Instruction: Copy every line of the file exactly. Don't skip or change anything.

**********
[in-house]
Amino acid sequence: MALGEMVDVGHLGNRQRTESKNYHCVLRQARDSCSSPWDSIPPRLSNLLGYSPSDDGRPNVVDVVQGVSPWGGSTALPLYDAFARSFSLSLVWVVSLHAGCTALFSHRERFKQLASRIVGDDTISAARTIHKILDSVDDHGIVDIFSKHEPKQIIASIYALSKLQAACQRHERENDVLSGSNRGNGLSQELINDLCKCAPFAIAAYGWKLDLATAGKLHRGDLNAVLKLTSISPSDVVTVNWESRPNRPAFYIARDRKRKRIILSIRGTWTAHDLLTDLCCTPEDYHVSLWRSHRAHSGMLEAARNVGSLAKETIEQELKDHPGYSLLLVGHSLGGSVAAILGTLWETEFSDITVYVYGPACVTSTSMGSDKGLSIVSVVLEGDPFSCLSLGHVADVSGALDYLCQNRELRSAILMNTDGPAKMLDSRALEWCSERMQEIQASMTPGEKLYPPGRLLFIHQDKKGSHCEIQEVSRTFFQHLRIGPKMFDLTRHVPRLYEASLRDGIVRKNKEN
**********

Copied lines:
[in-house]
Amino acid sequence: MALGEMVDVGHLGNRQRTESKNYHCVLRQARDSCSSPWDSIPPRLSNLLGYSPSDDGRPNVVDVVQGVSPWGGSTALPLYDAFARSFSLSLVWVVSLHAGCTALFSHRERFKQLASRIVGDDTISAARTIHKILDSVDDHGIVDIFSKHEPKQIIASIYALSKLQAACQRHERENDVLSGSNRGNGLSQELINDLCKCAPFAIAAYGWKLDLATAGKLHRGDLNAVLKLTSISPSDVVTVNWESRPNRPAFYIARDRKRKRIILSIRGTWTAHDLLTDLCCTPEDYHVSLWRSHRAHSGMLEAARNVGSLAKETIEQELKDHPGYSLLLVGHSLGGSVAAILGTLWETEFSDITVYVYGPACVTSTSMGSDKGLSIVSVVLEGDPFSCLSLGHVADVSGALDYLCQNRELRSAILMNTDGPAKMLDSRALEWCSERMQEIQASMTPGEKLYPPGRLLFIHQDKKGSHCEIQEVSRTFFQHLRIGPKMFDLTRHVPRLYEASLRDGIVRKNKEN